Kubernetes meets the real world
- 25 November, 2019 22:00
Ever since it emerged out of the halls of Google five years ago, Kubernetes has quickly become one of the hot technologies of the decade.
Simply put, Kubernetes is now the undisputed platform of choice for composing and running applications comprised of microservices - small, independently deployable services that run in containers and work together to function as a larger application that can be ported across various types of infrastructure.
Kubernetes is an orchestration tool, which in this case means it enables developers to view, coordinate, and manage containerised workloads and services with the goal of running resilient distributed systems.
According to the latest figures from the Cloud Native Computing Foundation (CNCF), published in August 2018, 40 per cent of respondents from enterprise companies (over 5000 firms) are already running Kubernetes in production.
While that’s good progress for the open source project, it’s important to note that the vast majority of these organisations are running only a handful of applications with Kubernetes as they get to grips with the technology.
But the direction of travel is clear: Container-based microservices applications are the future and Kubernetes is their platform.
That’s why the big three cloud providers have all launched managed versions of Kubernetes - and Cisco, HPE, IBM/Red Hat, Microsoft, VMware/Pivotal, and others have incorporated Kubernetes into their core software offerings.
Kubernetes is enabling enterprises of all sizes to improve their developer velocity, nimbly deploy and scale applications, and modernise their technology stacks.
For example, the online retailer Ocado, which has been delivering fresh groceries to UK households since 2000, has built its own technology platform to manage logistics and warehouses. In 2017, the company decided to start migrating its Docker containers to Kubernetes, taking its first application into production in the summer of 2017 on its own private cloud.
The big benefits of this shift for Ocado and others have been much quicker time-to-market and more efficient use of computing resources.
At the same time, Kubernetes adopters also tend to cite the same drawback: The learning curve is steep, and although the technology makes life easier for developers in the long run, it doesn’t make life less complex.
Here are some examples of large global companies running Kubernetes in production, how they got there, and what they have learned along the way.
Bloomberg reaps the benefits of early adoption
Financial data specialist Bloomberg turned to Kubernetes in 2015, when the tool was still in alpha, before moving into production in 2017 once the necessary continuous integration, monitoring, and testing was proved out.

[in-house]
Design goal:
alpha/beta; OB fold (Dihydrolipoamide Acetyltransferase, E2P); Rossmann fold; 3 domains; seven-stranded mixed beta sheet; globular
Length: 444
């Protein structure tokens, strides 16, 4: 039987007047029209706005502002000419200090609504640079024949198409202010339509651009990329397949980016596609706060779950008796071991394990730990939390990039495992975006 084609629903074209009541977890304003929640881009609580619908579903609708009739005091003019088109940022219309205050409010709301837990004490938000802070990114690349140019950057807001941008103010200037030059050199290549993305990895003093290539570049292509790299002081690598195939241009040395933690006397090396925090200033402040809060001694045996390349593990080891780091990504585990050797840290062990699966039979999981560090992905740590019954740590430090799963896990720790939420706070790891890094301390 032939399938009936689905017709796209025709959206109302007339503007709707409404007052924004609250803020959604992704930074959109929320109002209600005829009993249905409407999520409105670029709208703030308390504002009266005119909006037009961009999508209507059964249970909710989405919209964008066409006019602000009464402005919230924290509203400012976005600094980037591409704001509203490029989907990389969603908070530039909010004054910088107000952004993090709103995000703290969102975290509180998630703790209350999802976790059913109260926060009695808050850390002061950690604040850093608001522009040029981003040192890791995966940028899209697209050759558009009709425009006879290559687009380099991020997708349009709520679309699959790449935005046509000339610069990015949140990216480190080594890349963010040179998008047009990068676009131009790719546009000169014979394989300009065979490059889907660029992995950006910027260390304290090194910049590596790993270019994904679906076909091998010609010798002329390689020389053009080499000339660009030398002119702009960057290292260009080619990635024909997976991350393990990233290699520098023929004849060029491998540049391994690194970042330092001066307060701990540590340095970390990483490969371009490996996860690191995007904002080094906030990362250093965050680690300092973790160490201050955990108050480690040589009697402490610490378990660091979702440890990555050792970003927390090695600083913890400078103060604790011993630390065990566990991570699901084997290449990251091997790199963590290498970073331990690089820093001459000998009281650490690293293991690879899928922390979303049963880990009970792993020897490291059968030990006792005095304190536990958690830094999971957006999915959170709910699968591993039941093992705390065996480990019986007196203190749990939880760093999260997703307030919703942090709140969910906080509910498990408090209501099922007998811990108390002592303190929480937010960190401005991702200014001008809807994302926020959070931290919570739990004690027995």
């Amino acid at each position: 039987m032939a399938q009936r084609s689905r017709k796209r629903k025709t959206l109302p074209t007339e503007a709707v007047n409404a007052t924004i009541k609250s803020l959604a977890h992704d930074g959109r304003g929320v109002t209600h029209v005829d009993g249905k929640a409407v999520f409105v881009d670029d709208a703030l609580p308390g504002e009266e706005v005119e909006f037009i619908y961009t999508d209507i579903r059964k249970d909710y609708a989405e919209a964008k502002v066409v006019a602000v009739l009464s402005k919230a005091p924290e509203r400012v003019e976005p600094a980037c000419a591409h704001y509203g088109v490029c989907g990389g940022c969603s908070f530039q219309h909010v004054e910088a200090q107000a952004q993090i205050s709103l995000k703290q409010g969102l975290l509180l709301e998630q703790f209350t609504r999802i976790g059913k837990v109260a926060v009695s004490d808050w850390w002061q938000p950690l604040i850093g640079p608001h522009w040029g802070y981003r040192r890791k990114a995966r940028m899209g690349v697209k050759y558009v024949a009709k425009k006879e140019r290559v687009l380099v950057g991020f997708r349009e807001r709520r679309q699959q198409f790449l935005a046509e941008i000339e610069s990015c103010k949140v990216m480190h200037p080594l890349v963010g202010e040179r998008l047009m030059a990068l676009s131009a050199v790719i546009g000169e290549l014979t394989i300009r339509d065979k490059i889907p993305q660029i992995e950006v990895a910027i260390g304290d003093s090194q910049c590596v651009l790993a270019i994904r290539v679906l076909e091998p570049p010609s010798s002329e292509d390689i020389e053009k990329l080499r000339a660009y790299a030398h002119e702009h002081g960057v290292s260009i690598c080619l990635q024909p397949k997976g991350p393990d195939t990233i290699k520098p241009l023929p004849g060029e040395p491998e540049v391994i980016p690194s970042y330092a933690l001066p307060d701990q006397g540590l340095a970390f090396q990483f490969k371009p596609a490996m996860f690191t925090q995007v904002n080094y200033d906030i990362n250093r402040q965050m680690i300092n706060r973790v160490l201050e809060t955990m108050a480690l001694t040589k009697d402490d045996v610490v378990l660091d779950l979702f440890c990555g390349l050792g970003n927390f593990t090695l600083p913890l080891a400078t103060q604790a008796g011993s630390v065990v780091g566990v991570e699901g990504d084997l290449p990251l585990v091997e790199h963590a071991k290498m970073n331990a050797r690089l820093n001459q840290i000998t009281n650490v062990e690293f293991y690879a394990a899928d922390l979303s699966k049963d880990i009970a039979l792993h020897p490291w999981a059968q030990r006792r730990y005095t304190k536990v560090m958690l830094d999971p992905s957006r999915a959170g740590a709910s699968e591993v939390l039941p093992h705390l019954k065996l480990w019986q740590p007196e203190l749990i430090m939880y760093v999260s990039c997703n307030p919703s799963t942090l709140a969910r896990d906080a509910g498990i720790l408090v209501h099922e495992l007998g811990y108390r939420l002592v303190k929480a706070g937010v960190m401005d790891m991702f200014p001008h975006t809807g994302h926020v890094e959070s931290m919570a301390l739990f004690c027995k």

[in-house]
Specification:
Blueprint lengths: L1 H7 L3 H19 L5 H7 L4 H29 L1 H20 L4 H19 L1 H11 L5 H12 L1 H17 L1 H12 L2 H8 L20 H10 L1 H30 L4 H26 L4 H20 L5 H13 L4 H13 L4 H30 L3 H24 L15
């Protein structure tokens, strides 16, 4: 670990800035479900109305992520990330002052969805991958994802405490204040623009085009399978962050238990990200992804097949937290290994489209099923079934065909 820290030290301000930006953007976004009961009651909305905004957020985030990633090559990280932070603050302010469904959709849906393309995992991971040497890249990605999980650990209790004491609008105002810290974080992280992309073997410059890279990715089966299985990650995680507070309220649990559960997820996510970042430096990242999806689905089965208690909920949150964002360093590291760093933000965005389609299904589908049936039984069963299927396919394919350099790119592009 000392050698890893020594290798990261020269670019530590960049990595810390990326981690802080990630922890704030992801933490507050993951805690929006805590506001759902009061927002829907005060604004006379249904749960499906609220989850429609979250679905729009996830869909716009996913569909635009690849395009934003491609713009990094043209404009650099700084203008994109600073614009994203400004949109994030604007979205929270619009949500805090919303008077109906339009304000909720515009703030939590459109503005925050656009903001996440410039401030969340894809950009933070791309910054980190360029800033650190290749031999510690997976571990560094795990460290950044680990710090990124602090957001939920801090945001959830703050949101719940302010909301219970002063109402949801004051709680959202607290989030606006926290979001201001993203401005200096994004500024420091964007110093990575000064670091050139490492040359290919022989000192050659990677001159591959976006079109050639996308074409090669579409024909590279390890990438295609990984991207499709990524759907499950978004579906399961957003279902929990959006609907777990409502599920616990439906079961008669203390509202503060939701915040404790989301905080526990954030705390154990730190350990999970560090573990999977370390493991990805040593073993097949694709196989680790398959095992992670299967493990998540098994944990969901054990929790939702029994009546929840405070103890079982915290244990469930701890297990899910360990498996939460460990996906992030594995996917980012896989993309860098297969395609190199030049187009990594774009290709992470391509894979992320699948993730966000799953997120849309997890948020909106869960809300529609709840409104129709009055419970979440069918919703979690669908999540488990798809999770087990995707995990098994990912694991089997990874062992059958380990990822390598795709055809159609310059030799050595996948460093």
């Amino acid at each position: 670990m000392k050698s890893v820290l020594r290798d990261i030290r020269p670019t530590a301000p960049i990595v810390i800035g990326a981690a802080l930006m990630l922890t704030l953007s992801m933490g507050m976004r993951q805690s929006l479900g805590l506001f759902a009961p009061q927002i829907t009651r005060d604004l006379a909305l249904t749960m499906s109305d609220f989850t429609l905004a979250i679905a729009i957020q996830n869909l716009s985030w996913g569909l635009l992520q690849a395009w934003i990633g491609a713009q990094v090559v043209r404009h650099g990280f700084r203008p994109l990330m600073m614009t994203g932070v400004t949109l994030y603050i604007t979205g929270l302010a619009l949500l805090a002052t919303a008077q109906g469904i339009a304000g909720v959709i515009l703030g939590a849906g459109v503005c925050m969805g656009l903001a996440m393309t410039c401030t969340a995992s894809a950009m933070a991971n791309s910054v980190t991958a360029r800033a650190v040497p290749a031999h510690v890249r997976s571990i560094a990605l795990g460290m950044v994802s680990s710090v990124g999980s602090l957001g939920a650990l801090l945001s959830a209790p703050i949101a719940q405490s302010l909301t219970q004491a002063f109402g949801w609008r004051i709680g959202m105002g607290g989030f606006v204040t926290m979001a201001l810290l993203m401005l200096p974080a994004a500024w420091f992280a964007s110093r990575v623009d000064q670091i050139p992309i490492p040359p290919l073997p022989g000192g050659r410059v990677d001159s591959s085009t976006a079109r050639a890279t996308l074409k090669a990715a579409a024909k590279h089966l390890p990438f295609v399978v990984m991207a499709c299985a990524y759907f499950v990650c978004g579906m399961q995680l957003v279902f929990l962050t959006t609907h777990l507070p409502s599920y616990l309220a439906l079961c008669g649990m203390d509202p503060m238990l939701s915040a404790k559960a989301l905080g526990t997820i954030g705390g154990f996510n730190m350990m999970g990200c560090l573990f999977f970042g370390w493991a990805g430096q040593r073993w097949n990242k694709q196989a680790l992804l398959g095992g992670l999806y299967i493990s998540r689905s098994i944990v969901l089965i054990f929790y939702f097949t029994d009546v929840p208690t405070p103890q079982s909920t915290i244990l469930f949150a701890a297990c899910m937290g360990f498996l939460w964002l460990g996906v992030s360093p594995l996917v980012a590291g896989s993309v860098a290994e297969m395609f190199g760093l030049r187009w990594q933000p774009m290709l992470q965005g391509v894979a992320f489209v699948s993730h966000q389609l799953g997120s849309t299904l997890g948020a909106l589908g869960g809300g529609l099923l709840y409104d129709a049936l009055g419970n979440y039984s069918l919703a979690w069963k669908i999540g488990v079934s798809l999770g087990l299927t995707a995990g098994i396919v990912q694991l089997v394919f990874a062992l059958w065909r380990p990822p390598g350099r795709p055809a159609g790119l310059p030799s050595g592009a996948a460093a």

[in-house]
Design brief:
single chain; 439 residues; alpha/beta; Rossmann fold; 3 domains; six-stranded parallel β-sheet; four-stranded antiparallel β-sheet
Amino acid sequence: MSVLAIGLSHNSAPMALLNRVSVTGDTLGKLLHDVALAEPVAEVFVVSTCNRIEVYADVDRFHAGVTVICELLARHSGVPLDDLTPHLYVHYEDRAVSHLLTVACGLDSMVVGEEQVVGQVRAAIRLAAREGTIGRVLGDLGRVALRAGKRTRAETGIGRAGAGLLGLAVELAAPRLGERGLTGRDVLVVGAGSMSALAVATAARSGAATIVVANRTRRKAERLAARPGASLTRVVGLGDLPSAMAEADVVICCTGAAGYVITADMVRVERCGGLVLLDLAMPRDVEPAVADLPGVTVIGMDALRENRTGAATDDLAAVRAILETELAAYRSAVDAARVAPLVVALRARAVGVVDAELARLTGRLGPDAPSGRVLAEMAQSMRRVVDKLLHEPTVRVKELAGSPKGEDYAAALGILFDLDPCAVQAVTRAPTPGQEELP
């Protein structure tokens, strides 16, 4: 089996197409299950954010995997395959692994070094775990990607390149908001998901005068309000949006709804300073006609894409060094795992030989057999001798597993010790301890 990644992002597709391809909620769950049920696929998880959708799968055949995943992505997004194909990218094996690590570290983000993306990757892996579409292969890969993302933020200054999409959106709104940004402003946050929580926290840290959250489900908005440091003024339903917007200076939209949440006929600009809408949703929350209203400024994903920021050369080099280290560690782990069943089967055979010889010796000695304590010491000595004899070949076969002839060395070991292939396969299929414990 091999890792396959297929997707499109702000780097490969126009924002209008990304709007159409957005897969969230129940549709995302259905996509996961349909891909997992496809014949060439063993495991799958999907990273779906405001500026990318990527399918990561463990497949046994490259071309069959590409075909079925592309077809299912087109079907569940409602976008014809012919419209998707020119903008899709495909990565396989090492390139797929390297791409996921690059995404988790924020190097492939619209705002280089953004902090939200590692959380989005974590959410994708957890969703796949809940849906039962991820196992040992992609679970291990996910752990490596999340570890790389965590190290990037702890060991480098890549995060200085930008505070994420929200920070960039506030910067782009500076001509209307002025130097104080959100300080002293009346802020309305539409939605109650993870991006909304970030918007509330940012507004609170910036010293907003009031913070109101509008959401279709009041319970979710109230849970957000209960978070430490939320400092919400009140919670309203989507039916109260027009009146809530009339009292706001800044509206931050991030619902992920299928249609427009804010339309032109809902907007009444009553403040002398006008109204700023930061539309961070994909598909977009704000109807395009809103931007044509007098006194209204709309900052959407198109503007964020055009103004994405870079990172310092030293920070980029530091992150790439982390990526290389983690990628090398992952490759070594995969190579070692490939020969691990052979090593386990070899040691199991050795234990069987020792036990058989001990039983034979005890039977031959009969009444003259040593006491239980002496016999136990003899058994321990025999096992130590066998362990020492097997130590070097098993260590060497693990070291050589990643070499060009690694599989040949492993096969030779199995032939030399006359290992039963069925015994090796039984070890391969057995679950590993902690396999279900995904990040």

Bloomberg processes hundreds of billions of financial data points every day, with 14,000 different applications powering its ubiquitous Terminal product alone. The IT organization wanted to boost the speed at which it could bring new applications and services to users and free up developers from operational tasks.
After assessing various orchestration platforms, such as Cloud Foundry, Mesosphere Marathon, and various Docker offerings, Bloomberg opted for Kubernetes because it “had a good foundation and it was clear they were confronting the right problems. You could see a vision and roadmap as to how it would evolve that were aligned with what we were thinking,” explains Andrey Rybka, head of the compute infrastructure team at Bloomberg.
Over time Bloomberg has worked on a homegrown platform-as-a-service layer on top of Kubernetes to give developers the right level of abstraction to work effectively with the technology. This self-service web portal is essentially a command-line interface and REST API which integrates with a Git-based version control system, CI build system, and central artifact repository.
One of the key goals for Bloomberg was to make better use of existing hardware investments using the autoscaling capabilities of Kubernetes, along with the ability to self-provision and flex virtual compute, networking, and storage without having to issue tickets.
“With Kubernetes, we’re able to very efficiently use our hardware to the point where we can get close to 90 to 95 percent utilisation rates” at times of peak demand, Rybka said as part of a CNCF case study. Much of that efficiency comes from the ability to constrain resources for a given workload, so it doesn’t starve other workloads.